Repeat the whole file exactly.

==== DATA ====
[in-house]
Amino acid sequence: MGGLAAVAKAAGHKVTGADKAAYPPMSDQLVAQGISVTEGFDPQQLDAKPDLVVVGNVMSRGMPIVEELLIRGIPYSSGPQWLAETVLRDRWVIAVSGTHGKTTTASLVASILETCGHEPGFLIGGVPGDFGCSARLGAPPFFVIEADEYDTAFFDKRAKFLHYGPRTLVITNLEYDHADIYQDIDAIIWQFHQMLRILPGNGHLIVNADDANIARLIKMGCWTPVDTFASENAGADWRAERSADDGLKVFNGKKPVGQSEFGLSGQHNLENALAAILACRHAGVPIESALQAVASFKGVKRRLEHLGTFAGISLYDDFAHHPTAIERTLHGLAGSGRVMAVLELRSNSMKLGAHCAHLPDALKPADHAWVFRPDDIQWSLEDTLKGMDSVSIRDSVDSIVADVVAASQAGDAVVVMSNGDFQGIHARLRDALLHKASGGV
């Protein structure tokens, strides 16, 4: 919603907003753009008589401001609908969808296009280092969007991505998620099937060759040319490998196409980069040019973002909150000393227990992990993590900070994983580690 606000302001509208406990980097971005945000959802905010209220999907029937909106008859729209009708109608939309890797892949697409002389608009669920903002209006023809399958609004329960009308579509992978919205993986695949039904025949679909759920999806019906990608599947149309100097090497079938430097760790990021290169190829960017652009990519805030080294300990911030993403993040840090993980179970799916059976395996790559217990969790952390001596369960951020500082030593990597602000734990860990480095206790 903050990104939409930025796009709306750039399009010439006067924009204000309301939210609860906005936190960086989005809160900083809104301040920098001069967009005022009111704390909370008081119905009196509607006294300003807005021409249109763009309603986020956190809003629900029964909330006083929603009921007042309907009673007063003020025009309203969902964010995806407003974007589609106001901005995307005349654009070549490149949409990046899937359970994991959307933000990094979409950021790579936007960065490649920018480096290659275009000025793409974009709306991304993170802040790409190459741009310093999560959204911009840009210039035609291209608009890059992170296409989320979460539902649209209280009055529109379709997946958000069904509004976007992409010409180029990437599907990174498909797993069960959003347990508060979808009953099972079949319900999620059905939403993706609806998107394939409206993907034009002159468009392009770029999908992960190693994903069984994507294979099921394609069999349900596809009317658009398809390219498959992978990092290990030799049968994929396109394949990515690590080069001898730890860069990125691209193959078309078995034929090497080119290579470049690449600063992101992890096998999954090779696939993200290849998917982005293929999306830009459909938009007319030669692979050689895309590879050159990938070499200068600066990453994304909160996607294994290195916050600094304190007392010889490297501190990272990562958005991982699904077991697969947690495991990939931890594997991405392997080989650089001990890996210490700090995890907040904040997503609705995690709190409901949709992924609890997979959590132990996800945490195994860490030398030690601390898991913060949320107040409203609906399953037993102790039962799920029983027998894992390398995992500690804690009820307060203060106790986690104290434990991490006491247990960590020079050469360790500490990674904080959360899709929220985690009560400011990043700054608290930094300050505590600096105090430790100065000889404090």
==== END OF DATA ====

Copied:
[in-house]
Amino acid sequence: MGGLAAVAKAAGHKVTGADKAAYPPMSDQLVAQGISVTEGFDPQQLDAKPDLVVVGNVMSRGMPIVEELLIRGIPYSSGPQWLAETVLRDRWVIAVSGTHGKTTTASLVASILETCGHEPGFLIGGVPGDFGCSARLGAPPFFVIEADEYDTAFFDKRAKFLHYGPRTLVITNLEYDHADIYQDIDAIIWQFHQMLRILPGNGHLIVNADDANIARLIKMGCWTPVDTFASENAGADWRAERSADDGLKVFNGKKPVGQSEFGLSGQHNLENALAAILACRHAGVPIESALQAVASFKGVKRRLEHLGTFAGISLYDDFAHHPTAIERTLHGLAGSGRVMAVLELRSNSMKLGAHCAHLPDALKPADHAWVFRPDDIQWSLEDTLKGMDSVSIRDSVDSIVADVVAASQAGDAVVVMSNGDFQGIHARLRDALLHKASGGV
């Protein structure tokens, strides 16, 4: 919603907003753009008589401001609908969808296009280092969007991505998620099937060759040319490998196409980069040019973002909150000393227990992990993590900070994983580690 606000302001509208406990980097971005945000959802905010209220999907029937909106008859729209009708109608939309890797892949697409002389608009669920903002209006023809399958609004329960009308579509992978919205993986695949039904025949679909759920999806019906990608599947149309100097090497079938430097760790990021290169190829960017652009990519805030080294300990911030993403993040840090993980179970799916059976395996790559217990969790952390001596369960951020500082030593990597602000734990860990480095206790 903050990104939409930025796009709306750039399009010439006067924009204000309301939210609860906005936190960086989005809160900083809104301040920098001069967009005022009111704390909370008081119905009196509607006294300003807005021409249109763009309603986020956190809003629900029964909330006083929603009921007042309907009673007063003020025009309203969902964010995806407003974007589609106001901005995307005349654009070549490149949409990046899937359970994991959307933000990094979409950021790579936007960065490649920018480096290659275009000025793409974009709306991304993170802040790409190459741009310093999560959204911009840009210039035609291209608009890059992170296409989320979460539902649209209280009055529109379709997946958000069904509004976007992409010409180029990437599907990174498909797993069960959003347990508060979808009953099972079949319900999620059905939403993706609806998107394939409206993907034009002159468009392009770029999908992960190693994903069984994507294979099921394609069999349900596809009317658009398809390219498959992978990092290990030799049968994929396109394949990515690590080069001898730890860069990125691209193959078309078995034929090497080119290579470049690449600063992101992890096998999954090779696939993200290849998917982005293929999306830009459909938009007319030669692979050689895309590879050159990938070499200068600066990453994304909160996607294994290195916050600094304190007392010889490297501190990272990562958005991982699904077991697969947690495991990939931890594997991405392997080989650089001990890996210490700090995890907040904040997503609705995690709190409901949709992924609890997979959590132990996800945490195994860490030398030690601390898991913060949320107040409203609906399953037993102790039962799920029983027998894992390398995992500690804690009820307060203060106790986690104290434990991490006491247990960590020079050469360790500490990674904080959360899709929220985690009560400011990043700054608290930094300050505590600096105090430790100065000889404090």